Lender Mortgage Insurance (LMI)

LMI is an insurance fee which protects the lender in the event you are default on your home loan. The lenders will charge the LMI when you borrow over 80 per cent of the value of your property. To the banks, it is higher risk when you borrow at higher percentage.

When do I have to pay LMI
  • If you are working full time or you can show your income evidence, you will only need to pay LMI when you borrow more than 80 per cent of the value of your home (80 per cent LVR)
  • If you are self employed and you are borrowing under low-doc loan, you will need to pay LMI when your loan is above 60 per cent LVR.
  • This type of insurance is arranged by the lenders.
  • LMI is different to the other type of insurance in Australia. It is a once off fee, not an ongoing fee. Unless you request for LMI to be capitalized, otherwise it will be deducted from your loan amount when the loan is funded, which is known as settlement day. For example, your loan amount is $400,000, and the LMI charged is $5,000, the fund available for settlement would be $395,000.
  • Not all lenders have the same Mortgage Insurance Company. Therefore, instead of shopping around for lower interest rate, some people shop around for lower LMI premium. We can help you to find the lender who offers lower LMI.
Should I Pay LMI or save a larger deposit?

  • Some people would prefer to save more deposit to avoid LMI. However, it is not always a good choice. Especially, it is not easy to afford paying rent and save big deposits at the same time. Using your parents’ home as an additional security is also one of the options which can help to avoid LMI and paying lower to none deposit.
How is LMI calculated?
  • Different LMI providers have different rates to calculate LMI. Based on the loan size and the LVR that you are borrowing, the lenders or the LMI providers will work out how much LMI should be charged.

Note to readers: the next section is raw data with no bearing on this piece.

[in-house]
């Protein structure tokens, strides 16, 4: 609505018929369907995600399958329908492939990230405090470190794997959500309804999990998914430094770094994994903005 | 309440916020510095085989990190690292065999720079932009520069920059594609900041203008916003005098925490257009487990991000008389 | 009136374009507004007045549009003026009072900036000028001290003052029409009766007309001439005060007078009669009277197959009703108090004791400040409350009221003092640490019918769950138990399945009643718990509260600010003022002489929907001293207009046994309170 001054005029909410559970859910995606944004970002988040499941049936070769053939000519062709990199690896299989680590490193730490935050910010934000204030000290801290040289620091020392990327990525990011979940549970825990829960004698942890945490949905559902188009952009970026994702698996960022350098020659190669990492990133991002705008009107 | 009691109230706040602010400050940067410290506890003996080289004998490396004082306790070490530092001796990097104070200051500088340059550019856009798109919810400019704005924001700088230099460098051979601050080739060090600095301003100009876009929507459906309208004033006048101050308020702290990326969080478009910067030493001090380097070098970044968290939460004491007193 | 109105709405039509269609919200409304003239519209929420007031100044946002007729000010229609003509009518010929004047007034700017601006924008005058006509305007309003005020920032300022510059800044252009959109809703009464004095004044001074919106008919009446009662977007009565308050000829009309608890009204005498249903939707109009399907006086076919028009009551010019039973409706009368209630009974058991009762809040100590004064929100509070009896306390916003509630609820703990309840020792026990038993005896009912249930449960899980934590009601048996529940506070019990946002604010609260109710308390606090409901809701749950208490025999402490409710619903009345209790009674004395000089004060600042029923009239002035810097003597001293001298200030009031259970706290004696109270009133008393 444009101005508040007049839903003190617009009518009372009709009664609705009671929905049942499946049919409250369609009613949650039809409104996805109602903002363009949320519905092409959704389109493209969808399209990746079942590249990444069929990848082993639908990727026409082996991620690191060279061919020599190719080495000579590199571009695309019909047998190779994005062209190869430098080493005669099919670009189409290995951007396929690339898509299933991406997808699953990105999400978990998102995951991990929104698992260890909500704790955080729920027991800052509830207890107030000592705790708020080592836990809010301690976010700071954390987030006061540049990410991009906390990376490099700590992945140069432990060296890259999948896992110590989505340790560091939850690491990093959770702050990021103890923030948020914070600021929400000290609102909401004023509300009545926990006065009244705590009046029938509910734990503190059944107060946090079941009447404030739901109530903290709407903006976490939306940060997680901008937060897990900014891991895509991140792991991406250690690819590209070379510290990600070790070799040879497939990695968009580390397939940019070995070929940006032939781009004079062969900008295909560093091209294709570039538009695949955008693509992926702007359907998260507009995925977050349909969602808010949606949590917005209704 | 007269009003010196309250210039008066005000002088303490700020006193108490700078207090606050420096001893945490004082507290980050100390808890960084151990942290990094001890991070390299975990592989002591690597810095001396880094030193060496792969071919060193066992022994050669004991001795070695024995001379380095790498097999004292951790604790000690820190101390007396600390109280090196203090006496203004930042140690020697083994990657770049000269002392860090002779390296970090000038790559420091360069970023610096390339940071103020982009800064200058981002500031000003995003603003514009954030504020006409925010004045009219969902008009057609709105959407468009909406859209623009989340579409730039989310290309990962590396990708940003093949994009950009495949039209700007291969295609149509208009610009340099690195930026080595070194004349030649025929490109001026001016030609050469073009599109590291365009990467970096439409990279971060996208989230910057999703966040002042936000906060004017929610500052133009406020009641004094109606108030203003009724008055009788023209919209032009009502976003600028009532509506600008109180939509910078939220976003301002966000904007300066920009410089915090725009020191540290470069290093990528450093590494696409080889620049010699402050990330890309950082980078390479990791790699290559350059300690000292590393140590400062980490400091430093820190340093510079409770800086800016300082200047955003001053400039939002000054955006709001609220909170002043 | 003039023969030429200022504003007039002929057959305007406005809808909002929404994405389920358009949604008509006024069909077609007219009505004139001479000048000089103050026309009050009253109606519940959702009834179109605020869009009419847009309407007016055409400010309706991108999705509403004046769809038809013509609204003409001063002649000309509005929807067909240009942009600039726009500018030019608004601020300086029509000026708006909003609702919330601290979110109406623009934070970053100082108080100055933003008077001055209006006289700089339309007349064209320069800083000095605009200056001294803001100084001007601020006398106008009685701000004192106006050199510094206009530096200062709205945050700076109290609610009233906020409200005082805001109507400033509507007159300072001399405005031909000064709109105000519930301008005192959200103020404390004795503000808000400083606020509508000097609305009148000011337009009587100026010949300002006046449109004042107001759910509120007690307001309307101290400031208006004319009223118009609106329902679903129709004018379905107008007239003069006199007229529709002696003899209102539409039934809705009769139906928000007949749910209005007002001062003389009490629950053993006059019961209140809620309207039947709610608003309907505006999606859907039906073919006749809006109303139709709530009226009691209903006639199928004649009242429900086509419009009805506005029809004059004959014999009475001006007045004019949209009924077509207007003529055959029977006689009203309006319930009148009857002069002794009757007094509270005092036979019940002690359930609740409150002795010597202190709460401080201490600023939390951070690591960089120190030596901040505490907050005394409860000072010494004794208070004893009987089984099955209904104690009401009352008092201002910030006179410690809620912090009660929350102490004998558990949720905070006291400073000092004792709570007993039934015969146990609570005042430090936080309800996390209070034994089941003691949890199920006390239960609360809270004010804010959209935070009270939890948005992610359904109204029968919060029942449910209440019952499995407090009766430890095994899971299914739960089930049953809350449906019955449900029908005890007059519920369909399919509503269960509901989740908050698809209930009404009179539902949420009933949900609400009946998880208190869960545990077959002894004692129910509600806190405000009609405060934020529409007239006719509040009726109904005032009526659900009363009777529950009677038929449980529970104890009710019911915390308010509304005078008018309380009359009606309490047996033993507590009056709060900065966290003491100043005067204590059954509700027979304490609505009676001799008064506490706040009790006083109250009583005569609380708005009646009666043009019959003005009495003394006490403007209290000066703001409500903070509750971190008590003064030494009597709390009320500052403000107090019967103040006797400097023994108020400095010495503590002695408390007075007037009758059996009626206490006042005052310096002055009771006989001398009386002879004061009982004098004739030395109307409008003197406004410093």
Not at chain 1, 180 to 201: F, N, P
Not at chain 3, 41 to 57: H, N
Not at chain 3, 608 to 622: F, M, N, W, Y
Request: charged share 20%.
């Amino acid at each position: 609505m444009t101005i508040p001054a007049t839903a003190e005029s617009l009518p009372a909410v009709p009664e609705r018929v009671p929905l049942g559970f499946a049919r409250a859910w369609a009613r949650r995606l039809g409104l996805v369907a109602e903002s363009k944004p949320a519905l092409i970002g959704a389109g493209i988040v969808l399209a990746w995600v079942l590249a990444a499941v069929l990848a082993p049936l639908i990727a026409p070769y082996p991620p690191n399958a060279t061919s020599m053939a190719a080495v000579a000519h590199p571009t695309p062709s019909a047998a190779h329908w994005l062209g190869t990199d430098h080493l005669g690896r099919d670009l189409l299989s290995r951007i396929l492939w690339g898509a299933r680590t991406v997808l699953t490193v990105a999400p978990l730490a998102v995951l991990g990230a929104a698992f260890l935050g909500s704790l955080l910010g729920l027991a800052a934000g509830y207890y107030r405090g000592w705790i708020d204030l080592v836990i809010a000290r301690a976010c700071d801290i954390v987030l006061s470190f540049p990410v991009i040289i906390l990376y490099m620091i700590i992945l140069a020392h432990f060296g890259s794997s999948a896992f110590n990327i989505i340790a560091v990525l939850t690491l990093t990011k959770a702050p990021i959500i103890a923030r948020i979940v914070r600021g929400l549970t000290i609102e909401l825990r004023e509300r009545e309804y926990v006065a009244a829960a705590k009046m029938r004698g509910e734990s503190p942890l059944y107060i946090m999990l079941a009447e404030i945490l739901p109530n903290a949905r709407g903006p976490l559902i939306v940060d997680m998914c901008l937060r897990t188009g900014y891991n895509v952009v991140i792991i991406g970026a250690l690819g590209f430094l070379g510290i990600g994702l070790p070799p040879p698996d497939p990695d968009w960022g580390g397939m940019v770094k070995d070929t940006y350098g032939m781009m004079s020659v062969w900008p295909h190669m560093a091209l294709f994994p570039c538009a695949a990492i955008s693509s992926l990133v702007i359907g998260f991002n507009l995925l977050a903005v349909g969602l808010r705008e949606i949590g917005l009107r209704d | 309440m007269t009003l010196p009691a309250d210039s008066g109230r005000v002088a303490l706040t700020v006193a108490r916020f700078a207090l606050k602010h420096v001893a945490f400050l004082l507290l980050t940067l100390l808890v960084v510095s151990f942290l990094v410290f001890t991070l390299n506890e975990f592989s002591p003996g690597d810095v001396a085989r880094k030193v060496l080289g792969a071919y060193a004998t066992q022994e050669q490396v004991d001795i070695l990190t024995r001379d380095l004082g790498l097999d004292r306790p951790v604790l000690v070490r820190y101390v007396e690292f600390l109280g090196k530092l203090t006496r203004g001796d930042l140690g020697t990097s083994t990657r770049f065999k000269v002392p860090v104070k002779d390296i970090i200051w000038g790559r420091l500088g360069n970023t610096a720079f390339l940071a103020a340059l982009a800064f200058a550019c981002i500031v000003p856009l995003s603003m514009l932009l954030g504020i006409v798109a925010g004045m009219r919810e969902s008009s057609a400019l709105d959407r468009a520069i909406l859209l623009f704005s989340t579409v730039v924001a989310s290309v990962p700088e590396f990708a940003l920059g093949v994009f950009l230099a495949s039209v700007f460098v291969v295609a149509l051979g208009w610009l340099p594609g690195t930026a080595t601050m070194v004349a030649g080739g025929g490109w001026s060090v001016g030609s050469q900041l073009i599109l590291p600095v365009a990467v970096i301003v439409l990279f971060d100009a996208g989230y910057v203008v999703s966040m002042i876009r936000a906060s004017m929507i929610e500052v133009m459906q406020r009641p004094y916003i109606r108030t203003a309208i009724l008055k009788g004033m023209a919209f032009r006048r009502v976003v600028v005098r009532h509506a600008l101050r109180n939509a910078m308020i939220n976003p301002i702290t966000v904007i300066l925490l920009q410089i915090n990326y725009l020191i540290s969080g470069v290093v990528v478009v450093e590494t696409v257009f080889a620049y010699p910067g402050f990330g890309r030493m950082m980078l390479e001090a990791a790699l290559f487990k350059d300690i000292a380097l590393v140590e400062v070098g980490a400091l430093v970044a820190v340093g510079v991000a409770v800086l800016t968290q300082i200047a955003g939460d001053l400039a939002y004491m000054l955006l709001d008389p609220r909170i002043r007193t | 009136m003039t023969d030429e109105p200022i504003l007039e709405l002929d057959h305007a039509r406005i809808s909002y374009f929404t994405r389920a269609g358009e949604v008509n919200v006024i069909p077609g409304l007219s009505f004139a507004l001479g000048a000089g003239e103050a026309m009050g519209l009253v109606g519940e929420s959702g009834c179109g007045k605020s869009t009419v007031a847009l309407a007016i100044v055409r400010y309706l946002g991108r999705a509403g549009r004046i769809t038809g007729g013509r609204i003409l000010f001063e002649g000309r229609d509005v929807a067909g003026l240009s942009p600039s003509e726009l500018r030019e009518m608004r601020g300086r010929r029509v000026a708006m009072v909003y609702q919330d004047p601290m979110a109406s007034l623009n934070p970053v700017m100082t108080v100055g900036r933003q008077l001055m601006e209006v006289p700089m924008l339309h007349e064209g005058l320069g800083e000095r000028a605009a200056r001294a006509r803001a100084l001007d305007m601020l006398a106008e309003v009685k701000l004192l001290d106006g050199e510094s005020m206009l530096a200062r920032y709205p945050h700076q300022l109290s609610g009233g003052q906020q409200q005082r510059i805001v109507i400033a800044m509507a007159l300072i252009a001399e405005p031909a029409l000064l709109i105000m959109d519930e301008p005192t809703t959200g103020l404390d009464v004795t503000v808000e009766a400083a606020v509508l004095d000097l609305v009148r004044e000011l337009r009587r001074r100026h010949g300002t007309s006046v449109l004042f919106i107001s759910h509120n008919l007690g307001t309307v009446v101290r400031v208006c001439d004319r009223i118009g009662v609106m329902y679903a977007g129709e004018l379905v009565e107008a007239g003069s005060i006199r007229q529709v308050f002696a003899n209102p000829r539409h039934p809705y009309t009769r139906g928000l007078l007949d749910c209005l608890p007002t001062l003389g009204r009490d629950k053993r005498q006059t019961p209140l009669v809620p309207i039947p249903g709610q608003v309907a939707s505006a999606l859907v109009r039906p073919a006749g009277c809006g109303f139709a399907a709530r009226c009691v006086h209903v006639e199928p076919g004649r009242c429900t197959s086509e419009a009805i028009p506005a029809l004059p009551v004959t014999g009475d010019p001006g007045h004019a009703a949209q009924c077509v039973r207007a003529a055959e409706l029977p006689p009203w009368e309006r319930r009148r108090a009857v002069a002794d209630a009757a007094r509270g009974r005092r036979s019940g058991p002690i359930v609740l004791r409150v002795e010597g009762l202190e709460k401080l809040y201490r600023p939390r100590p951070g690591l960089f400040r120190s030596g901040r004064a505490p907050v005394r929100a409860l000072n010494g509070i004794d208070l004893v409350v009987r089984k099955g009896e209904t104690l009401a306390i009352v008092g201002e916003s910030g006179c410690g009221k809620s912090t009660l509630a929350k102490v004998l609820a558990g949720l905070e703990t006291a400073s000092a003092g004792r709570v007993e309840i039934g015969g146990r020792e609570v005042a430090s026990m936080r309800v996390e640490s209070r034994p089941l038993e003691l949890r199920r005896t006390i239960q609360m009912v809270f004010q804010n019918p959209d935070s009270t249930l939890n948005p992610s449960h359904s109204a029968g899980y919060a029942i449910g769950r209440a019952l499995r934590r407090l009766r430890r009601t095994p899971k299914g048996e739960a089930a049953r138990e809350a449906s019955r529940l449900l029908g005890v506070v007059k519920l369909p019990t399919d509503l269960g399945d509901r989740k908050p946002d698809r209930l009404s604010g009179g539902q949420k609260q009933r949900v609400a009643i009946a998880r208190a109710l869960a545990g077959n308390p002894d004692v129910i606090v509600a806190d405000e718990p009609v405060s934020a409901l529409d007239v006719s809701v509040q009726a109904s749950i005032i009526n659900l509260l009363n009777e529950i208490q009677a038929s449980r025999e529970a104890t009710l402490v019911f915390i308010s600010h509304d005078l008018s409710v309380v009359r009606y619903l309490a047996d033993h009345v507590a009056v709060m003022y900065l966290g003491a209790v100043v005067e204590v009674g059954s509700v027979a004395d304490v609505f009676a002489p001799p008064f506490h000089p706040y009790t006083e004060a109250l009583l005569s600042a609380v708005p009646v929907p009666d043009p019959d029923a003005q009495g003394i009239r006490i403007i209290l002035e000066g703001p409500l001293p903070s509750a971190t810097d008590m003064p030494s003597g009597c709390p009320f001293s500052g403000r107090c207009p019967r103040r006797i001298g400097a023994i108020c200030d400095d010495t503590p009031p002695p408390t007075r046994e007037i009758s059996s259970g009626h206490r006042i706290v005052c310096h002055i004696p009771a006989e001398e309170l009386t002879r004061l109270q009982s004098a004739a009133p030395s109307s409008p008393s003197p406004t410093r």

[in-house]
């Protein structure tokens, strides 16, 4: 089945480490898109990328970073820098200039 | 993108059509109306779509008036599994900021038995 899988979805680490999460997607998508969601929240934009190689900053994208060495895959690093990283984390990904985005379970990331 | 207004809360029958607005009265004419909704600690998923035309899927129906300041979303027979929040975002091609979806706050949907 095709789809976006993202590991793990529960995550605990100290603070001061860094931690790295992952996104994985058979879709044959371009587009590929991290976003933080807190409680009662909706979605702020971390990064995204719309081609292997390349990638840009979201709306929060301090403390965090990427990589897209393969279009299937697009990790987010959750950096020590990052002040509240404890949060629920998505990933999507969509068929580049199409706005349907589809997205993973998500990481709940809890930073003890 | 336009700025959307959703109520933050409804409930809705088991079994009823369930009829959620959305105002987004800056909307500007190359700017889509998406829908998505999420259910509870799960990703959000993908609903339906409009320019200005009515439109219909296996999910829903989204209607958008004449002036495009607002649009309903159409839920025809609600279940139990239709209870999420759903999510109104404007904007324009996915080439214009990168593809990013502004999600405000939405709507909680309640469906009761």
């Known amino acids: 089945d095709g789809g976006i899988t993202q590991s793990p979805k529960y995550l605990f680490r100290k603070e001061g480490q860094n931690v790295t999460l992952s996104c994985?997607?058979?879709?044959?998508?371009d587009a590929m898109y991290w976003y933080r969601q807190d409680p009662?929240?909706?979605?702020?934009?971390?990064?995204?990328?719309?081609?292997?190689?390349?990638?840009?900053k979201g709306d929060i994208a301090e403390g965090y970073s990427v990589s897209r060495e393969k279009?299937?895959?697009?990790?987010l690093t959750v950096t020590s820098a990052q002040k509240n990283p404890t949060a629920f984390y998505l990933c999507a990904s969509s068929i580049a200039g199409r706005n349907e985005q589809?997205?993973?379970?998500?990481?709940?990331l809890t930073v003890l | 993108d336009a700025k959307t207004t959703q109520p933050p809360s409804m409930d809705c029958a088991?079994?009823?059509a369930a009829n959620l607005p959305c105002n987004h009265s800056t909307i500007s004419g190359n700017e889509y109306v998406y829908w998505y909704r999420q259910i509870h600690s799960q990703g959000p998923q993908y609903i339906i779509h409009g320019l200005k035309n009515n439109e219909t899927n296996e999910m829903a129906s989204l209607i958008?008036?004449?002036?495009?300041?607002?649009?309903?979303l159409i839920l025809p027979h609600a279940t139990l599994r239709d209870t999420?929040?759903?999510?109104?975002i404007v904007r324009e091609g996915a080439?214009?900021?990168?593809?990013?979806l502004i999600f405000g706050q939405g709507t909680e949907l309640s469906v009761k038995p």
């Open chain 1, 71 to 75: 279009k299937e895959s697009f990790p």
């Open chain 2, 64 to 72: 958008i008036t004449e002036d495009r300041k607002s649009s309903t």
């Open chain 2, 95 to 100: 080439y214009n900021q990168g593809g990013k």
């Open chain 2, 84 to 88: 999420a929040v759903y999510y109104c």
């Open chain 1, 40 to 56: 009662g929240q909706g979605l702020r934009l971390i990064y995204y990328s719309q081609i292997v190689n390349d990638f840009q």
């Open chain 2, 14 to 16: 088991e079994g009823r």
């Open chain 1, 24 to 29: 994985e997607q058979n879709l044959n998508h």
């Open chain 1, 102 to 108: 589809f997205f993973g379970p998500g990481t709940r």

• You cannot choose the LMI providers because each lender has agreements with 1 or 2 LMI providers so they cannot change the mortgage insurer. Instead of choosing the mortgage insurer, you can choose the lenders to lower the cost of LMI.
Why do I need to pay LMI?
  • To the lenders, people borrow more than 80 per cent loan have higher default risk in comparison to the people who borrow under 80 per cent. The LMI providers involve taking over the risk.
  • LMI only protects the lender, not the borrowers. In the event of default and the lenders cannot recover the loan, they will make a claim with the mortgage insurer.
  • LMI only covers the unpaid balance at the event of default. It does not cover any damage to your property or any unexpected events such as death or permanent disability.
Do I need to get approval from Lenders Mortgage Insurer?
  • In order to issue formal approval, the lender would also need to get approval from the mortgage insurer. This would be an internal process between the lender and the LMI provider.
  • Due to the higher risk associated with the loan, most LMI provider requires the borrowers to have a stable employment, good savings history and perfect credit history. In most cases, the LMI provider declined the loan due to the borrowers fail the credit scoring.
  • However, some lenders have Delegated Underwriting Authority with the LMI provider which means your application does not need to have a second approval.

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